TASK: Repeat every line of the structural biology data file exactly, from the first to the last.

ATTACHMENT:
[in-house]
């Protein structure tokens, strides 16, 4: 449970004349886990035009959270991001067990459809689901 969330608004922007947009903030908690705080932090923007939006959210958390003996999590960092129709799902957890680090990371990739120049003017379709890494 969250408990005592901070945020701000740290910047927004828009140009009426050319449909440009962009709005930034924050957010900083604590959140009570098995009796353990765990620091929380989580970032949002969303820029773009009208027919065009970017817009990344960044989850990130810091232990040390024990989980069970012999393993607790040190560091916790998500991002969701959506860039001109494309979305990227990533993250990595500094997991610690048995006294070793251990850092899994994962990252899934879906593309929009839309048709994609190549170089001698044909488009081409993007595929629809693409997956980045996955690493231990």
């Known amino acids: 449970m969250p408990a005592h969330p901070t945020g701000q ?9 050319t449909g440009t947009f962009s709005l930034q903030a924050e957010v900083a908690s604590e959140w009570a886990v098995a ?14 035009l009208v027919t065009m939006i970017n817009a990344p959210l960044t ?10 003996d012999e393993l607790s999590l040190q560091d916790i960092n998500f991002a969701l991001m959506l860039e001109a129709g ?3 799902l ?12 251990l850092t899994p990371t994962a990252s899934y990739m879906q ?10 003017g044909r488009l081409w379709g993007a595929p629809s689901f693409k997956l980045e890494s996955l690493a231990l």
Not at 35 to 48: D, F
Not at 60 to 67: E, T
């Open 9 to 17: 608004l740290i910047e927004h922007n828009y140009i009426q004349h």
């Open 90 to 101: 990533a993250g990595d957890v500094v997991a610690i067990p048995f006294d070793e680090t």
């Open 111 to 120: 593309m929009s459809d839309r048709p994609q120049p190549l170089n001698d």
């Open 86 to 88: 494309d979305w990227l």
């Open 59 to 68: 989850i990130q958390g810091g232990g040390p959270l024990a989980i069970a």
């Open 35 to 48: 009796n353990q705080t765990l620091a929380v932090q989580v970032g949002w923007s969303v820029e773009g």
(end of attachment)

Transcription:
[in-house]
């Protein structure tokens, strides 16, 4: 449970004349886990035009959270991001067990459809689901 969330608004922007947009903030908690705080932090923007939006959210958390003996999590960092129709799902957890680090990371990739120049003017379709890494 969250408990005592901070945020701000740290910047927004828009140009009426050319449909440009962009709005930034924050957010900083604590959140009570098995009796353990765990620091929380989580970032949002969303820029773009009208027919065009970017817009990344960044989850990130810091232990040390024990989980069970012999393993607790040190560091916790998500991002969701959506860039001109494309979305990227990533993250990595500094997991610690048995006294070793251990850092899994994962990252899934879906593309929009839309048709994609190549170089001698044909488009081409993007595929629809693409997956980045996955690493231990």
């Known amino acids: 449970m969250p408990a005592h969330p901070t945020g701000q ?9 050319t449909g440009t947009f962009s709005l930034q903030a924050e957010v900083a908690s604590e959140w009570a886990v098995a ?14 035009l009208v027919t065009m939006i970017n817009a990344p959210l960044t ?10 003996d012999e393993l607790s999590l040190q560091d916790i960092n998500f991002a969701l991001m959506l860039e001109a129709g ?3 799902l ?12 251990l850092t899994p990371t994962a990252s899934y990739m879906q ?10 003017g044909r488009l081409w379709g993007a595929p629809s689901f693409k997956l980045e890494s996955l690493a231990l």
Not at 35 to 48: D, F
Not at 60 to 67: E, T
């Open 9 to 17: 608004l740290i910047e927004h922007n828009y140009i009426q004349h």
């Open 90 to 101: 990533a993250g990595d957890v500094v997991a610690i067990p048995f006294d070793e680090t």
């Open 111 to 120: 593309m929009s459809d839309r048709p994609q120049p190549l170089n001698d």
């Open 86 to 88: 494309d979305w990227l």
């Open 59 to 68: 989850i990130q958390g810091g232990g040390p959270l024990a989980i069970a």
């Open 35 to 48: 009796n353990q705080t765990l620091a929380v932090q989580v970032g949002w923007s969303v820029e773009g």